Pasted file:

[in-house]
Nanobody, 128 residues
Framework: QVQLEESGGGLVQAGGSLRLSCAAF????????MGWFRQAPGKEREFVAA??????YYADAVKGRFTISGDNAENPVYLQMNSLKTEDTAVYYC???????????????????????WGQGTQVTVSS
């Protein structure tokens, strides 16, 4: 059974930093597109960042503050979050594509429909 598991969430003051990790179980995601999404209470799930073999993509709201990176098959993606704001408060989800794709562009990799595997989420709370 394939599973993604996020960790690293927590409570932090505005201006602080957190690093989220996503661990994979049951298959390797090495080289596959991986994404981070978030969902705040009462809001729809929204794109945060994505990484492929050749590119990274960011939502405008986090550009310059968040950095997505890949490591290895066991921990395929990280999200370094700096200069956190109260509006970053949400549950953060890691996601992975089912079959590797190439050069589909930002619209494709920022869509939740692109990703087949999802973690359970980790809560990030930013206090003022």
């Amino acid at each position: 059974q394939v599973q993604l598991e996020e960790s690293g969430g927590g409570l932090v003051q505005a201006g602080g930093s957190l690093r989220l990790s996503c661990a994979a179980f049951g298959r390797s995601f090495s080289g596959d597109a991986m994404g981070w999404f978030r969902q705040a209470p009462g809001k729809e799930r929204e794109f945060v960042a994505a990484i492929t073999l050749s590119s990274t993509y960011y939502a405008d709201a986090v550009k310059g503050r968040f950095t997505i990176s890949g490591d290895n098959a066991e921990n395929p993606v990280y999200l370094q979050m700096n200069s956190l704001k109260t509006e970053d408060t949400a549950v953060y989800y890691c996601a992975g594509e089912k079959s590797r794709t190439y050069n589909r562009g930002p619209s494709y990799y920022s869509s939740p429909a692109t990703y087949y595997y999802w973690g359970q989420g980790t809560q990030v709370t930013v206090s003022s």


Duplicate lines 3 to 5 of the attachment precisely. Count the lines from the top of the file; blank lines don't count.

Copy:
Framework: QVQLEESGGGLVQAGGSLRLSCAAF????????MGWFRQAPGKEREFVAA??????YYADAVKGRFTISGDNAENPVYLQMNSLKTEDTAVYYC???????????????????????WGQGTQVTVSS
């Protein structure tokens, strides 16, 4: 059974930093597109960042503050979050594509429909 598991969430003051990790179980995601999404209470799930073999993509709201990176098959993606704001408060989800794709562009990799595997989420709370 394939599973993604996020960790690293927590409570932090505005201006602080957190690093989220996503661990994979049951298959390797090495080289596959991986994404981070978030969902705040009462809001729809929204794109945060994505990484492929050749590119990274960011939502405008986090550009310059968040950095997505890949490591290895066991921990395929990280999200370094700096200069956190109260509006970053949400549950953060890691996601992975089912079959590797190439050069589909930002619209494709920022869509939740692109990703087949999802973690359970980790809560990030930013206090003022």
């Amino acid at each position: 059974q394939v599973q993604l598991e996020e960790s690293g969430g927590g409570l932090v003051q505005a201006g602080g930093s957190l690093r989220l990790s996503c661990a994979a179980f049951g298959r390797s995601f090495s080289g596959d597109a991986m994404g981070w999404f978030r969902q705040a209470p009462g809001k729809e799930r929204e794109f945060v960042a994505a990484i492929t073999l050749s590119s990274t993509y960011y939502a405008d709201a986090v550009k310059g503050r968040f950095t997505i990176s890949g490591d290895n098959a066991e921990n395929p993606v990280y999200l370094q979050m700096n200069s956190l704001k109260t509006e970053d408060t949400a549950v953060y989800y890691c996601a992975g594509e089912k079959s590797r794709t190439y050069n589909r562009g930002p619209s494709y990799y920022s869509s939740p429909a692109t990703y087949y595997y999802w973690g359970q989420g980790t809560q990030v709370t930013v206090s003022s």